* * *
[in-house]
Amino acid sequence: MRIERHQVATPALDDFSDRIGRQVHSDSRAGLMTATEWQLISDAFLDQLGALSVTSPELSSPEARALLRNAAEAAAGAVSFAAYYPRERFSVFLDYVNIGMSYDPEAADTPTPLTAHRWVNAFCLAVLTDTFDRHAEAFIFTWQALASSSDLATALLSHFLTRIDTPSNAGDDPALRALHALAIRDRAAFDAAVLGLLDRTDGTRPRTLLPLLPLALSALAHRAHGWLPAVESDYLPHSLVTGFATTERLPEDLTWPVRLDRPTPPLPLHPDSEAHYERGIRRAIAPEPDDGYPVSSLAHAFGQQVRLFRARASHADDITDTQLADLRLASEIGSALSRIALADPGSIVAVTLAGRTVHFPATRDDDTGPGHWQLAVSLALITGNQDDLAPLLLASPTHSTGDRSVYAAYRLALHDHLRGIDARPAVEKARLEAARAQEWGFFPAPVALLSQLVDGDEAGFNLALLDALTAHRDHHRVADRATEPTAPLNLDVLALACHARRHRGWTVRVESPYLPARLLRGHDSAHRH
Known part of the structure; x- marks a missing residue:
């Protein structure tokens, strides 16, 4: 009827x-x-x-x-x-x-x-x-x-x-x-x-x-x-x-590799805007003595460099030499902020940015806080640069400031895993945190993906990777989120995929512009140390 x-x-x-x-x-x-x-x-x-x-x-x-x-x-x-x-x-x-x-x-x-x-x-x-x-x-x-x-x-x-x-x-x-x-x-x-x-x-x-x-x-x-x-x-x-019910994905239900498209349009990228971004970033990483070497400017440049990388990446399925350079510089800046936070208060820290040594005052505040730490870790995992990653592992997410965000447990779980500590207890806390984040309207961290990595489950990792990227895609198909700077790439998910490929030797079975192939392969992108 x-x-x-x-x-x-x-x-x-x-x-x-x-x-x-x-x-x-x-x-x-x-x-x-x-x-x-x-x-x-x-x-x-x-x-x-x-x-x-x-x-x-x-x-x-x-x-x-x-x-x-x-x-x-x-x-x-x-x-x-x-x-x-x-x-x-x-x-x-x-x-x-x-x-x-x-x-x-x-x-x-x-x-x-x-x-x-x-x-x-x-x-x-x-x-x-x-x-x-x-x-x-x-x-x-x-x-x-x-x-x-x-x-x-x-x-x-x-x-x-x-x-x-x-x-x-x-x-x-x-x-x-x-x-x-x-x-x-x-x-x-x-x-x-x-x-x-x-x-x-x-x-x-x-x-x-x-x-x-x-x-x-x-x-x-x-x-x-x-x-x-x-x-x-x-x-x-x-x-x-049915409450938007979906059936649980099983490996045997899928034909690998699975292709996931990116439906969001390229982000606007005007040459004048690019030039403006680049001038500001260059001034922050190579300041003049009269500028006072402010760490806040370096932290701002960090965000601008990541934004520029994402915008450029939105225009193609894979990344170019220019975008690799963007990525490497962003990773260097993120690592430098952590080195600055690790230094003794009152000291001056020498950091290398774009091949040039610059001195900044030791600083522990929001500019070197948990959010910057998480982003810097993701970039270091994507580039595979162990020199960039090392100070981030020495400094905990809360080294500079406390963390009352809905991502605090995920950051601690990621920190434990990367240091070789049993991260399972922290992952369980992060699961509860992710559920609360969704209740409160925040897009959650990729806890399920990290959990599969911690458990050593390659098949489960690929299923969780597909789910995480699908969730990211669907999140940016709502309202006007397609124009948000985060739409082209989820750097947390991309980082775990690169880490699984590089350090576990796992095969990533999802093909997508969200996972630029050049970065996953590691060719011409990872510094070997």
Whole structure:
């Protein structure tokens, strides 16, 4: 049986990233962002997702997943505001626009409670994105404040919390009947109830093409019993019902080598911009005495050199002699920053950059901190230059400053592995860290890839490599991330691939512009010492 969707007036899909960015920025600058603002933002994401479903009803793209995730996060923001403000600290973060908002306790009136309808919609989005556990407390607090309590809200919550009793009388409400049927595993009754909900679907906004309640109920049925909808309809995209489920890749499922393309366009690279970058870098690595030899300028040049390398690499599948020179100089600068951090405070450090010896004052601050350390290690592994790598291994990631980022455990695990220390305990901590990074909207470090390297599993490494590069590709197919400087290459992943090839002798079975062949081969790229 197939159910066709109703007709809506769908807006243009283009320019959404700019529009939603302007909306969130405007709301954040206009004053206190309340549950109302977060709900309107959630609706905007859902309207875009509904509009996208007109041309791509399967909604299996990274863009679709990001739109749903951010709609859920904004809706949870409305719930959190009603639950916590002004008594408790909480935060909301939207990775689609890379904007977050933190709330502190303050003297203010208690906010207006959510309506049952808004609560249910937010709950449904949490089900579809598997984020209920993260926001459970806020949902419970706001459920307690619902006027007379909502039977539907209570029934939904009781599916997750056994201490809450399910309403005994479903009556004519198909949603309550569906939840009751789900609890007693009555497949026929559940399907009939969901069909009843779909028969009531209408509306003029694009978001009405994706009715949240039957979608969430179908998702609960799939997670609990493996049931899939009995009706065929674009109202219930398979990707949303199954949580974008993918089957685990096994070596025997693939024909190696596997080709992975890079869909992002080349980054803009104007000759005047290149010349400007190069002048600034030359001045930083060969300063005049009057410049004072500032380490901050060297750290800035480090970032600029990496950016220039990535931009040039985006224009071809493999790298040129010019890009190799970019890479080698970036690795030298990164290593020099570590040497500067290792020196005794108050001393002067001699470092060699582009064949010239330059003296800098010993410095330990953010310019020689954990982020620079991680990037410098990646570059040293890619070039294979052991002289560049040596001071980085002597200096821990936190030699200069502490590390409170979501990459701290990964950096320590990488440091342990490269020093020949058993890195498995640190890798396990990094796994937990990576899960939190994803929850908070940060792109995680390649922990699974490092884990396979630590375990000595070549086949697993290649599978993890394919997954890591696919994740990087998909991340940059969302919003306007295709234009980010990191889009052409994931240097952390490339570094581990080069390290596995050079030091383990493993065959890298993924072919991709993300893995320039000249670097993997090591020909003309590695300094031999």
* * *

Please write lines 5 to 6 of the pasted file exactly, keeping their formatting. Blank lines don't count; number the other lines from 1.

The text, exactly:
Whole structure:
């Protein structure tokens, strides 16, 4: 049986990233962002997702997943505001626009409670994105404040919390009947109830093409019993019902080598911009005495050199002699920053950059901190230059400053592995860290890839490599991330691939512009010492 969707007036899909960015920025600058603002933002994401479903009803793209995730996060923001403000600290973060908002306790009136309808919609989005556990407390607090309590809200919550009793009388409400049927595993009754909900679907906004309640109920049925909808309809995209489920890749499922393309366009690279970058870098690595030899300028040049390398690499599948020179100089600068951090405070450090010896004052601050350390290690592994790598291994990631980022455990695990220390305990901590990074909207470090390297599993490494590069590709197919400087290459992943090839002798079975062949081969790229 197939159910066709109703007709809506769908807006243009283009320019959404700019529009939603302007909306969130405007709301954040206009004053206190309340549950109302977060709900309107959630609706905007859902309207875009509904509009996208007109041309791509399967909604299996990274863009679709990001739109749903951010709609859920904004809706949870409305719930959190009603639950916590002004008594408790909480935060909301939207990775689609890379904007977050933190709330502190303050003297203010208690906010207006959510309506049952808004609560249910937010709950449904949490089900579809598997984020209920993260926001459970806020949902419970706001459920307690619902006027007379909502039977539907209570029934939904009781599916997750056994201490809450399910309403005994479903009556004519198909949603309550569906939840009751789900609890007693009555497949026929559940399907009939969901069909009843779909028969009531209408509306003029694009978001009405994706009715949240039957979608969430179908998702609960799939997670609990493996049931899939009995009706065929674009109202219930398979990707949303199954949580974008993918089957685990096994070596025997693939024909190696596997080709992975890079869909992002080349980054803009104007000759005047290149010349400007190069002048600034030359001045930083060969300063005049009057410049004072500032380490901050060297750290800035480090970032600029990496950016220039990535931009040039985006224009071809493999790298040129010019890009190799970019890479080698970036690795030298990164290593020099570590040497500067290792020196005794108050001393002067001699470092060699582009064949010239330059003296800098010993410095330990953010310019020689954990982020620079991680990037410098990646570059040293890619070039294979052991002289560049040596001071980085002597200096821990936190030699200069502490590390409170979501990459701290990964950096320590990488440091342990490269020093020949058993890195498995640190890798396990990094796994937990990576899960939190994803929850908070940060792109995680390649922990699974490092884990396979630590375990000595070549086949697993290649599978993890394919997954890591696919994740990087998909991340940059969302919003306007295709234009980010990191889009052409994931240097952390490339570094581990080069390290596995050079030091383990493993065959890298993924072919991709993300893995320039000249670097993997090591020909003309590695300094031999």